December 23, 2010; Source: Columbus Dispatch | Ohio is calling it a major victory for residents while anti-smoking proponents are burned up over a court ruling that said it was okay for the state to spend tobacco settlement funds however they choose. On Wednesday, the Ohio Supreme Court ruled that, according to the Columbus Dispatch, state officials “acted legally when they nearly emptied a fund intended for anti-smoking programs and earmarked the money for unrelated health-care purposes such as expanding Medicaid coverage.”
At issue was some $230 million left from a previous $10.1 billion settlement between tobacco companies and Ohio over claims that cigarette companies were knowingly and falsely marketing harmful products. To Gov. Ted Strickland, the court’s ruling is an endorsement of his decision, backed by the legislature, to use that money for the state’s 2008 and 2009 budgets.
In a statement, the governor said the ruling gives the state the “resources to ensure that all children in Ohio have access to quality, affordable health-care coverage, regardless of their financial situation. This significant decision frees up state funds that can now be used to improve the lives of children and families across the state.”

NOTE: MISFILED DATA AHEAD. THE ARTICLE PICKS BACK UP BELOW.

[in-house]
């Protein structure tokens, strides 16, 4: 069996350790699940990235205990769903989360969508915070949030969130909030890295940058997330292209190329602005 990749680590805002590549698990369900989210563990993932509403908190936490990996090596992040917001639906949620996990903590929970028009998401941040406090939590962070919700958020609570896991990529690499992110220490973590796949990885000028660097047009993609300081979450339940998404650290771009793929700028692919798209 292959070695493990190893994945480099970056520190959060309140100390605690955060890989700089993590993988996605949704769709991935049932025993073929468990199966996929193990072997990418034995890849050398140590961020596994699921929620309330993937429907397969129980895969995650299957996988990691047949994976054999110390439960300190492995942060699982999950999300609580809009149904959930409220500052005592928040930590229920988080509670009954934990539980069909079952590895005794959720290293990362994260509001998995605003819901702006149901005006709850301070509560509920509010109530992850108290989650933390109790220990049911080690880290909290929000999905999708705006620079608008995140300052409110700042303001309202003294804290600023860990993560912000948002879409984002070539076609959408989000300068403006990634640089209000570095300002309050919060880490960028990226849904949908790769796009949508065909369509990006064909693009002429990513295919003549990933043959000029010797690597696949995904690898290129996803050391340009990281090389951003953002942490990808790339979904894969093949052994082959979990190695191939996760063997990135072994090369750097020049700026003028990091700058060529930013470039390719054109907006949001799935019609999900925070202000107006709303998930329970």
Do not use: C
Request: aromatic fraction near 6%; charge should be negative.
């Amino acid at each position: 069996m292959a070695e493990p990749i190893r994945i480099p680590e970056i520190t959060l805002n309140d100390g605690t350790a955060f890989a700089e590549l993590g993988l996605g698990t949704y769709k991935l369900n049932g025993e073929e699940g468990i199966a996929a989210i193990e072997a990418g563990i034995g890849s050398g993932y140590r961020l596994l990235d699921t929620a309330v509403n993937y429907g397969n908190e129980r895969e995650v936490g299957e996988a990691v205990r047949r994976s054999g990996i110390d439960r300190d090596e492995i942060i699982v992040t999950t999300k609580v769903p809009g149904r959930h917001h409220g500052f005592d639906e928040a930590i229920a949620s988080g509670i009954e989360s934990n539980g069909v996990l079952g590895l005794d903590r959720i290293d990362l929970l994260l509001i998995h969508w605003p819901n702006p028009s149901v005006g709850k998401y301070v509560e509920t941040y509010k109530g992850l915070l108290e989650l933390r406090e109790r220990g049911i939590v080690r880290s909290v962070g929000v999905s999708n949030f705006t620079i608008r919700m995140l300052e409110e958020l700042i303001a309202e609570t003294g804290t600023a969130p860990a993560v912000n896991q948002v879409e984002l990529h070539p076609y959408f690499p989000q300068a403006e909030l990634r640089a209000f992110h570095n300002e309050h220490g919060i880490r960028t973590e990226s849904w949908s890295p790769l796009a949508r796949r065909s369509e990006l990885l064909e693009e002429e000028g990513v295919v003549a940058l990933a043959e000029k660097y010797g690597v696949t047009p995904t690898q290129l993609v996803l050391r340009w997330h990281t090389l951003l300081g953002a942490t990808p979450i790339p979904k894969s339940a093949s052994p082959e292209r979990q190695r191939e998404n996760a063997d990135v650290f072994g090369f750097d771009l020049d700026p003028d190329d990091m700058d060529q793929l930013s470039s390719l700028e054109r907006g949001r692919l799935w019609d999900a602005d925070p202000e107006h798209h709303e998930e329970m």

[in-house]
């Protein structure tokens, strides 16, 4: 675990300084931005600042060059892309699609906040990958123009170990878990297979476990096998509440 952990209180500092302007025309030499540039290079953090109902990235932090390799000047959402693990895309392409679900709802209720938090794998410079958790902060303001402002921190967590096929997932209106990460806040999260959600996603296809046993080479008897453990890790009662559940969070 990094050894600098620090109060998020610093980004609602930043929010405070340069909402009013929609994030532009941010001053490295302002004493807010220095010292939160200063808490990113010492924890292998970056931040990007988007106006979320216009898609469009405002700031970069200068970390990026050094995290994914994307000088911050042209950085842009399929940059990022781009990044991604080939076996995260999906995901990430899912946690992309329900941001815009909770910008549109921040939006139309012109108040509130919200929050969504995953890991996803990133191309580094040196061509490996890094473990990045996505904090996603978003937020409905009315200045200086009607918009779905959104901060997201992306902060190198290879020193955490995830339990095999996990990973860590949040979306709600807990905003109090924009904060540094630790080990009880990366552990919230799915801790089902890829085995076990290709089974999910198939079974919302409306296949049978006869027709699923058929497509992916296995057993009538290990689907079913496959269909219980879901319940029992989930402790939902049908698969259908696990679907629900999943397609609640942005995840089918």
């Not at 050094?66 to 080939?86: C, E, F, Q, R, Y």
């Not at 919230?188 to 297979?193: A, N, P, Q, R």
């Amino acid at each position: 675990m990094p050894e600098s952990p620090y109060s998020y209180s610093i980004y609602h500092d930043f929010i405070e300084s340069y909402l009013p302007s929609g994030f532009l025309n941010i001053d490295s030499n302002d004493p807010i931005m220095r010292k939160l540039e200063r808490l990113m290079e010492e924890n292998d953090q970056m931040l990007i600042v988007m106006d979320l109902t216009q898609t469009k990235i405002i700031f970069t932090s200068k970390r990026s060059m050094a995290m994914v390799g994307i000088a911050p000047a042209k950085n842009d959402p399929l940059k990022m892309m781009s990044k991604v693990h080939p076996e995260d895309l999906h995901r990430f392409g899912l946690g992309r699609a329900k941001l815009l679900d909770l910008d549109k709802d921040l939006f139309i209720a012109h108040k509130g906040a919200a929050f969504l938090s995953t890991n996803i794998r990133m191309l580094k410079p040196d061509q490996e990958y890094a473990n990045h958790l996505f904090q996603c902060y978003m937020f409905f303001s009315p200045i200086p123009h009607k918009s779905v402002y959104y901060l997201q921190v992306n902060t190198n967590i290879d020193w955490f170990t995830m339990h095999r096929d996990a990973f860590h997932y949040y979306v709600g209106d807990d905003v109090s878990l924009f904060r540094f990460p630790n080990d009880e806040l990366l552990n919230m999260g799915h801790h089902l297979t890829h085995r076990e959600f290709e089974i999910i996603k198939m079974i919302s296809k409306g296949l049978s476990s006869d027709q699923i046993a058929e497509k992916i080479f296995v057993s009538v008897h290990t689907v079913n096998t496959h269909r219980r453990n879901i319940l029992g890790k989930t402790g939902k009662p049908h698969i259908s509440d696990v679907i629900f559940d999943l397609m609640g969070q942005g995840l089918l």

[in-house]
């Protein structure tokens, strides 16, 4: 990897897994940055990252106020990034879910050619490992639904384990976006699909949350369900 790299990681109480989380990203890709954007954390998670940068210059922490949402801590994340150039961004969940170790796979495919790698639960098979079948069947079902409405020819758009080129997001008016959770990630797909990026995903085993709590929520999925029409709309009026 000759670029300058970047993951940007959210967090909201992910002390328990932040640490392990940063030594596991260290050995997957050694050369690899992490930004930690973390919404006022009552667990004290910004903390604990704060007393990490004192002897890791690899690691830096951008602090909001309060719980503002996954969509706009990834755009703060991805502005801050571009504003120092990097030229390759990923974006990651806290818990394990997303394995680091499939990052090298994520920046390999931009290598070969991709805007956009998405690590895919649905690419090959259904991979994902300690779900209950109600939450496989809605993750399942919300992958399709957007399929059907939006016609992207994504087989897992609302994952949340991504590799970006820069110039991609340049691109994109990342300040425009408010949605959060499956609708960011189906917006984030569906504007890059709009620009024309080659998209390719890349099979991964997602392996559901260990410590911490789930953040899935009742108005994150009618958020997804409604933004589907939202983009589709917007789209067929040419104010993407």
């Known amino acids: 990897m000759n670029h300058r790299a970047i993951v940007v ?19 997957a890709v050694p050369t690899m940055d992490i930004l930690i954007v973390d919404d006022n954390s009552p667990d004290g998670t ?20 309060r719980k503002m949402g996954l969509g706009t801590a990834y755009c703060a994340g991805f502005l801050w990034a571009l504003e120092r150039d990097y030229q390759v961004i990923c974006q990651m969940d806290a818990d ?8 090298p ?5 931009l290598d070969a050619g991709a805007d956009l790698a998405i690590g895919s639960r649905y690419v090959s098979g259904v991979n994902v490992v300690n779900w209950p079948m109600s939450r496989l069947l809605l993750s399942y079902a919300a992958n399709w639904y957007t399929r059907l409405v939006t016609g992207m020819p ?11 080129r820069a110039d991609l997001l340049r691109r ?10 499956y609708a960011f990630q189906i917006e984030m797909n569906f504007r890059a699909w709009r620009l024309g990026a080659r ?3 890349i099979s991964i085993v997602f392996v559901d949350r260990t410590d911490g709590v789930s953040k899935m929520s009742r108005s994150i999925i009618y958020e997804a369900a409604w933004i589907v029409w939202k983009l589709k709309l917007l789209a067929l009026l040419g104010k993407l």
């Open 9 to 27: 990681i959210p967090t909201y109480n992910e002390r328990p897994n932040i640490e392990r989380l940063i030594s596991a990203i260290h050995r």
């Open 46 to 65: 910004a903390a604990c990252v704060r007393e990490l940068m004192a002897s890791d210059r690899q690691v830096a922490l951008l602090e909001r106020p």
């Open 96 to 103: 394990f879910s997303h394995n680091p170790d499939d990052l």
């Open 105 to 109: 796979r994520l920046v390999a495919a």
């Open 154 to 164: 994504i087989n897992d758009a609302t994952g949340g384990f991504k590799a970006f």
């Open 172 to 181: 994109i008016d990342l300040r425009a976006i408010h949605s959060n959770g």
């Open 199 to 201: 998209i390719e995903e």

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Ellen Vargys, attorney for the Tobacco Use Prevention and Control Foundation, the group set up to administer the settlement funds, called the ruling a major setback for anti-smoking efforts. “States are not even making the small investments necessary to protect their citizens’ lives and to keep their health-care costs in line,” she said. Vargys added that Ohio is “dead last” in anti-smoking spending per capita.
In its unanimous ruling, the court said that nothing in the state’s constitution prohibited the legislature from spending the money for any purposes it chose. You can expect critics of the ruling, however, to say Justice Paul E. Pfeifer was blowing smoke when he wrote, “It is not for us to judge the wisdom of the General Assembly.”—Bruce Trachtenberg